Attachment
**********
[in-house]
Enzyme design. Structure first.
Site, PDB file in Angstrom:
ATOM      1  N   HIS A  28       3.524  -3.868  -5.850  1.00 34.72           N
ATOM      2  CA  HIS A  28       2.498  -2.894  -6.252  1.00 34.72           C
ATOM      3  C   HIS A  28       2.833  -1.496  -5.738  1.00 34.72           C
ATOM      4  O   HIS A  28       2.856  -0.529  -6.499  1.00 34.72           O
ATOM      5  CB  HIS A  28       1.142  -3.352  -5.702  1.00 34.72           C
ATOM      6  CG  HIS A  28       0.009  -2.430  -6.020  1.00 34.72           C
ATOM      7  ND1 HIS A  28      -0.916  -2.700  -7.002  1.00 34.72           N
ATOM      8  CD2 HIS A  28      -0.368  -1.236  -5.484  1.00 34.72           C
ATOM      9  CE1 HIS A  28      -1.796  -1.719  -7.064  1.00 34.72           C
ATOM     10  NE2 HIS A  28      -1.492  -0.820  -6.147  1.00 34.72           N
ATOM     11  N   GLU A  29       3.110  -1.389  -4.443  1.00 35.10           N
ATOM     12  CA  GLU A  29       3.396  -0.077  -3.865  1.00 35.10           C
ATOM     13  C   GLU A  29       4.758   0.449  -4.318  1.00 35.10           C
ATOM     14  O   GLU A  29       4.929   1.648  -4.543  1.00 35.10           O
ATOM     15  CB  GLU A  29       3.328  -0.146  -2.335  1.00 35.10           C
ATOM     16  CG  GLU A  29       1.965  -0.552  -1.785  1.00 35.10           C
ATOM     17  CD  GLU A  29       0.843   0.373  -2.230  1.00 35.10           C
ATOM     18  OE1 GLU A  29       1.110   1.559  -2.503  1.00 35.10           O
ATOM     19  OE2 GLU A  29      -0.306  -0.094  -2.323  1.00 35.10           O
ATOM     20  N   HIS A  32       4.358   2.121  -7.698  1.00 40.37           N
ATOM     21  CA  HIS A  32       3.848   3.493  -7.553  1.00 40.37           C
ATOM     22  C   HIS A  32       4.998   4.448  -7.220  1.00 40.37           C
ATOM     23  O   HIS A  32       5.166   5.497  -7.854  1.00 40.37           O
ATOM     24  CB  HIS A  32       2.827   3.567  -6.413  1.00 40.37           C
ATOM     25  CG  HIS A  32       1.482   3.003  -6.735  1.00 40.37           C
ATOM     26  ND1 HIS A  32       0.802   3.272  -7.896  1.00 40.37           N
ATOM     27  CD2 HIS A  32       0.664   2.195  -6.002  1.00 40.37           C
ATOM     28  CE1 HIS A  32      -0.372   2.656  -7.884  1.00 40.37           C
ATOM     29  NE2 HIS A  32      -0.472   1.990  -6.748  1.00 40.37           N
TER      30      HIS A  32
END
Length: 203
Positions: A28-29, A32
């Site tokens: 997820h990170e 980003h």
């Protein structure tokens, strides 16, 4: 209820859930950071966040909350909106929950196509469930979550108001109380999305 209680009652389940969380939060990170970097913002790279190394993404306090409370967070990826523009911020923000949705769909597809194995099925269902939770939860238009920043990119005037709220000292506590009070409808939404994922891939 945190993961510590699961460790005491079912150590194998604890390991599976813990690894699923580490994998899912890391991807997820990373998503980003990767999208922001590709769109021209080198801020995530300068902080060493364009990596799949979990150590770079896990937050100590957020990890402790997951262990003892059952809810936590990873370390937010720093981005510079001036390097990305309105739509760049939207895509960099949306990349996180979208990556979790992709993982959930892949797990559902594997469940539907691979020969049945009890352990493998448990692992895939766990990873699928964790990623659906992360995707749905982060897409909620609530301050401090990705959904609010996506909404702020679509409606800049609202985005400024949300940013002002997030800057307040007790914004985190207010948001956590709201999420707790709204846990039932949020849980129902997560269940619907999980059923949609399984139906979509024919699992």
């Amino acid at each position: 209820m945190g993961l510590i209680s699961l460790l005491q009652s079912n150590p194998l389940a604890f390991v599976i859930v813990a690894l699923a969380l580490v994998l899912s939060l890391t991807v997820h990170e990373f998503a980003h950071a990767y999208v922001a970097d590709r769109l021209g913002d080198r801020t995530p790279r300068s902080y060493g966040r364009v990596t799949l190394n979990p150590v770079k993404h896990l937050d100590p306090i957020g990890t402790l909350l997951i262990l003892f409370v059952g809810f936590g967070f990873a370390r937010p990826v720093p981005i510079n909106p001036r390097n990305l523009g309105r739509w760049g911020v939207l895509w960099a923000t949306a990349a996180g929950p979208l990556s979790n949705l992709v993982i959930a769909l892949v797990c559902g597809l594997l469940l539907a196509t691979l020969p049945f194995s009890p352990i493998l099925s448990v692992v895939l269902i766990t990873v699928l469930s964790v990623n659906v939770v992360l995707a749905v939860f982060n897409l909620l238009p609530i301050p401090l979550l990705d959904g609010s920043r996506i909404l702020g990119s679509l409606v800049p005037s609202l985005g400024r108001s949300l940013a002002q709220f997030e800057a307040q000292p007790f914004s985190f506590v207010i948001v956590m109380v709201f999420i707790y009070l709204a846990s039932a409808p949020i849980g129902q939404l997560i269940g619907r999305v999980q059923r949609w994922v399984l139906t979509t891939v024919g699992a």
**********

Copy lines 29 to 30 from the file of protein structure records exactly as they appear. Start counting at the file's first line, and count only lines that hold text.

ATOM     26  ND1 HIS A  32       0.802   3.272  -7.896  1.00 40.37           N
ATOM     27  CD2 HIS A  32       0.664   2.195  -6.002  1.00 40.37           C